A reprieve, but the Great Barrier Reef remains on death row
21 June 2013
The Great Barrier Reef may have been spared the indignity of being listed as a World Heritage Area "in danger" this week, but the Reef's woes are just beginning, writes Associate Professor Tim Stephens.
In an article for The Conversation, Associate Professor Stephens asserts that there needs to be recognition and acceptance that the Great Barrier Reef will be severely damaged by rising sea temperatures from climate change.
In February 2013 the Great Barrier Reef Marine Park Authority responded to a 2012 report from UNESCO and the IUCN, whichwarned Australia that the reef would be placed on the "in danger" list unless developments proposed for the Queensland coast, such as new or expanded ports to facilitate coal exports, were curtailed or properly assessed.
"Several aspects of the Government's response have been subject to significant criticism, particularly in respect to Gladstone Harbour," Associate Professor Stephens writes.
"At the 2013 World Heritage session officials were satisfied that Australia was meeting some but not all of their recommendations.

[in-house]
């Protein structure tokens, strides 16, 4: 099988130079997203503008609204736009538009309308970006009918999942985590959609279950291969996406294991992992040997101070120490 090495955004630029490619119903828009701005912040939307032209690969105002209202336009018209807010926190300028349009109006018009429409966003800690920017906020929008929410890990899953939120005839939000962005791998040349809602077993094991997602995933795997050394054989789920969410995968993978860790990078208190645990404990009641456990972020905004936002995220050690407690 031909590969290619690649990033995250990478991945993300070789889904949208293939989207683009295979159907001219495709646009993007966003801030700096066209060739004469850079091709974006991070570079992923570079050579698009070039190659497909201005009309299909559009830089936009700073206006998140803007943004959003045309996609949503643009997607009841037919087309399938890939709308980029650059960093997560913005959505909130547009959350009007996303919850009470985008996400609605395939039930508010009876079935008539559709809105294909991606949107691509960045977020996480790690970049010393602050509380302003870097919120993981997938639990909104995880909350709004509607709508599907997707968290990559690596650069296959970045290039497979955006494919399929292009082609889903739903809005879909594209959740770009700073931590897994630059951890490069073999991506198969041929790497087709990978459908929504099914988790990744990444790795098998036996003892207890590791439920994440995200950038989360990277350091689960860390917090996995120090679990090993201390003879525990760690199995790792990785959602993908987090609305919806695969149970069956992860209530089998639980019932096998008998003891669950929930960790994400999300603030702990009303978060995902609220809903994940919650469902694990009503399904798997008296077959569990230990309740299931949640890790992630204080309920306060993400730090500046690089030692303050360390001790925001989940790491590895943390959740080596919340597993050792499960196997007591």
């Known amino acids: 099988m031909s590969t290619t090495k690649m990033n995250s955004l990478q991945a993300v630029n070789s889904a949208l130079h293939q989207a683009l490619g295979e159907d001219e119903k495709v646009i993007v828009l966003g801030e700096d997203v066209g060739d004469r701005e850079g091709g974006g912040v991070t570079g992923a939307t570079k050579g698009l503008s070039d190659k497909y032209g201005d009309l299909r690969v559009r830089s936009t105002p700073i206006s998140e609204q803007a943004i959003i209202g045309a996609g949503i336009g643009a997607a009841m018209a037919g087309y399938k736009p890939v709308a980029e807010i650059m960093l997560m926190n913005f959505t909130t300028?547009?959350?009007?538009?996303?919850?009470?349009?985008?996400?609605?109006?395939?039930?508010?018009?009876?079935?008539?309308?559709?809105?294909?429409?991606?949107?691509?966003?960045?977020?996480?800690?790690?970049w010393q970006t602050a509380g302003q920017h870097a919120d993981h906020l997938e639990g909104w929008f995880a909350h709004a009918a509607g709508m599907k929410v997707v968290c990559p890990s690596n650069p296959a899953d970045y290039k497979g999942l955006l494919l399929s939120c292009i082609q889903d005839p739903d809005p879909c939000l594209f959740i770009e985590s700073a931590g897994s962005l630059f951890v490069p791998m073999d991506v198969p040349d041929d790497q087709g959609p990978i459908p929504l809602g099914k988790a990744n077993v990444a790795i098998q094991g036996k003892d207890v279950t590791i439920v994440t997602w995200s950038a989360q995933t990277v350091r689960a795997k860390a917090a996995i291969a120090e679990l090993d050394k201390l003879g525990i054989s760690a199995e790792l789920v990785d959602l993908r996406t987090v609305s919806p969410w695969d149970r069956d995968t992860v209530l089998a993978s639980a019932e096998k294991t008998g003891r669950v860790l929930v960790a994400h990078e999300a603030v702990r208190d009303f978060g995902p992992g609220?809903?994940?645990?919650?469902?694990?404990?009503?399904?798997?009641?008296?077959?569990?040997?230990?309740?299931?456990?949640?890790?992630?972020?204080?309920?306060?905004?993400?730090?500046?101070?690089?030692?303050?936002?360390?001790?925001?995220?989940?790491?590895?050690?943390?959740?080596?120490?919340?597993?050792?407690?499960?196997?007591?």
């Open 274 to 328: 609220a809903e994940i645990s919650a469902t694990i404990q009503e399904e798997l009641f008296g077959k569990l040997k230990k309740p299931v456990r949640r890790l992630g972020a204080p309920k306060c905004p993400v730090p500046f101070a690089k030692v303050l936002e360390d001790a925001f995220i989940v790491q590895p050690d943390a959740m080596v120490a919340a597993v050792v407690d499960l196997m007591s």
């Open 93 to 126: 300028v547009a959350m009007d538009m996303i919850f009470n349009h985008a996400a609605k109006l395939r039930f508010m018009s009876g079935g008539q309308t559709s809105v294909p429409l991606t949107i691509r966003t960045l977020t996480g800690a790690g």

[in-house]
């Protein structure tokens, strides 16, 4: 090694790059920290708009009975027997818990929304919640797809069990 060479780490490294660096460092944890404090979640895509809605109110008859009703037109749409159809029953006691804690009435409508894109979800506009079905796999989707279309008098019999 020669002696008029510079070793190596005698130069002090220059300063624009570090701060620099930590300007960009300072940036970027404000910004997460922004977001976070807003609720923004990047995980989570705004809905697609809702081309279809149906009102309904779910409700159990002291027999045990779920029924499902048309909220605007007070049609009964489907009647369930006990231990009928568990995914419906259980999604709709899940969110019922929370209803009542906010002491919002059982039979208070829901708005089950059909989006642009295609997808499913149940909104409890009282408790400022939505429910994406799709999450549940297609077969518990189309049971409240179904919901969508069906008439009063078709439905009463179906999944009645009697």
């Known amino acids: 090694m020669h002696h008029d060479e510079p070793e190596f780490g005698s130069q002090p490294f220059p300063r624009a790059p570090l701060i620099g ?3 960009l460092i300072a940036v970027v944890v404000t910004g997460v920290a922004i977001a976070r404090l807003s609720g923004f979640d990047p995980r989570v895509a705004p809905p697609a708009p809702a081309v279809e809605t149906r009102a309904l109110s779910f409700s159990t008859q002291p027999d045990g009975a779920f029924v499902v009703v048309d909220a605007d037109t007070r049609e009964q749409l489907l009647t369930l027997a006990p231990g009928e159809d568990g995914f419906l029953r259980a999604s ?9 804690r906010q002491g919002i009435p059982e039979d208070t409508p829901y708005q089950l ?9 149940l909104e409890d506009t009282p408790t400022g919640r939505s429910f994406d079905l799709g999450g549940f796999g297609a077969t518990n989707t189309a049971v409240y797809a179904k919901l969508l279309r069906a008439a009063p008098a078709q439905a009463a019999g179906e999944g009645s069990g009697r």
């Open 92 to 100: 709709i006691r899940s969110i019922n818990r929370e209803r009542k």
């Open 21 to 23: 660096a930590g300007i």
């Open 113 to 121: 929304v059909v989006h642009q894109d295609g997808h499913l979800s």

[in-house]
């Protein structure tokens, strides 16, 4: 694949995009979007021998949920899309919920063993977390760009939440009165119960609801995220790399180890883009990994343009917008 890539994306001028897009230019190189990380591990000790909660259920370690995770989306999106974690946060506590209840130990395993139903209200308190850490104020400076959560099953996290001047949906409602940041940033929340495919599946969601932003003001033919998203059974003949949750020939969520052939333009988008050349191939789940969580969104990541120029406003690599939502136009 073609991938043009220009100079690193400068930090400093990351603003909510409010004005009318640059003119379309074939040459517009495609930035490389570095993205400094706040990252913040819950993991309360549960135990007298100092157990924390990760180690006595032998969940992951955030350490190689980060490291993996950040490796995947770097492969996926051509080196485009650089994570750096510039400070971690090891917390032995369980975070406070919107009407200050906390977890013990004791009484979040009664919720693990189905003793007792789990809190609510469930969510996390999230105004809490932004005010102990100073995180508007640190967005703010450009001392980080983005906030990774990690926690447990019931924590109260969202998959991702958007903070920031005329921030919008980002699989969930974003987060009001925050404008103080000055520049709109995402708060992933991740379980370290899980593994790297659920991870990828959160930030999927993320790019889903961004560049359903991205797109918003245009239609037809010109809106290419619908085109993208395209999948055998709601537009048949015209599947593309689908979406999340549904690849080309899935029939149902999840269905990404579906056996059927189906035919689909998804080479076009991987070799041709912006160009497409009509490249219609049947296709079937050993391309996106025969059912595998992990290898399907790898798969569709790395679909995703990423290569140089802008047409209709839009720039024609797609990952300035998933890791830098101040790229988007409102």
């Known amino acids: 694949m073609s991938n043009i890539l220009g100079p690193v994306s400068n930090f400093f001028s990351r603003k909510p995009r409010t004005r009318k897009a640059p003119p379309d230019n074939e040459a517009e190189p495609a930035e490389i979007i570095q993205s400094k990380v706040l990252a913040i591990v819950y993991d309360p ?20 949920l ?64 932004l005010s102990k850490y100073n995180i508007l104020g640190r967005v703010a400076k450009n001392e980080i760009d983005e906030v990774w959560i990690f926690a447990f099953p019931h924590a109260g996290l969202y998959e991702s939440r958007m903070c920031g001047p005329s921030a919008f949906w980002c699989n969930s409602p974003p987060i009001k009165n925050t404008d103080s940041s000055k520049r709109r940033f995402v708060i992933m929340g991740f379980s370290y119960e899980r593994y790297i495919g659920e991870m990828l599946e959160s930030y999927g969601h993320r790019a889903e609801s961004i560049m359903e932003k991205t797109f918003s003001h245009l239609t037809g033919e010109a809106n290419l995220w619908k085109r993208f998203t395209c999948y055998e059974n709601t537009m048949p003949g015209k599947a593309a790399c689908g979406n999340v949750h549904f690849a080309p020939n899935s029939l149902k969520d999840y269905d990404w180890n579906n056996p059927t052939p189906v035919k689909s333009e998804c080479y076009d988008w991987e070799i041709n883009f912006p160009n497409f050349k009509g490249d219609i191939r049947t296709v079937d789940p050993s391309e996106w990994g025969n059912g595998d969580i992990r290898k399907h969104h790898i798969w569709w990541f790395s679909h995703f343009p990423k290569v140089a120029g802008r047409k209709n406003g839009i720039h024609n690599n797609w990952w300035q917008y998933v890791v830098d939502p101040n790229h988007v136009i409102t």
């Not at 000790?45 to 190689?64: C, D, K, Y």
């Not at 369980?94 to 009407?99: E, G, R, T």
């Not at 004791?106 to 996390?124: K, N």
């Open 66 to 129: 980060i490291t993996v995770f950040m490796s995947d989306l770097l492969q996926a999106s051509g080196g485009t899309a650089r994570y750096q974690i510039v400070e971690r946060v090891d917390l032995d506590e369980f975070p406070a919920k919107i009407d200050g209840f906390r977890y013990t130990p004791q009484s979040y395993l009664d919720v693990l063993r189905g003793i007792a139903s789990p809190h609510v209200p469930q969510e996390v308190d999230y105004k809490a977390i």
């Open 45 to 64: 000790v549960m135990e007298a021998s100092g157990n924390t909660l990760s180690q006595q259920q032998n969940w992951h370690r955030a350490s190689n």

"They gave Australia further opportunity before 2014 to show that it is meeting the Convention obligations.
"There's an ultimatum of sorts on development - any new coastal development with an impact on the Reef's heritage values will be considered a violation.
"The June 2013 decision of the World Heritage Committee has, like the 2012 decision, again preserved the status quo for the Reef.
"While recognising the threats to the Reef, those have not yet risen to a level that would allow the Committee to list the property on the "in danger" list.
"Without a move on climate change the reef will remain "in danger", and not just on the World Heritage list.A reprieve, but the Great Barrier Reef remains on death row - The Conversation
Contact: Greg Sherington
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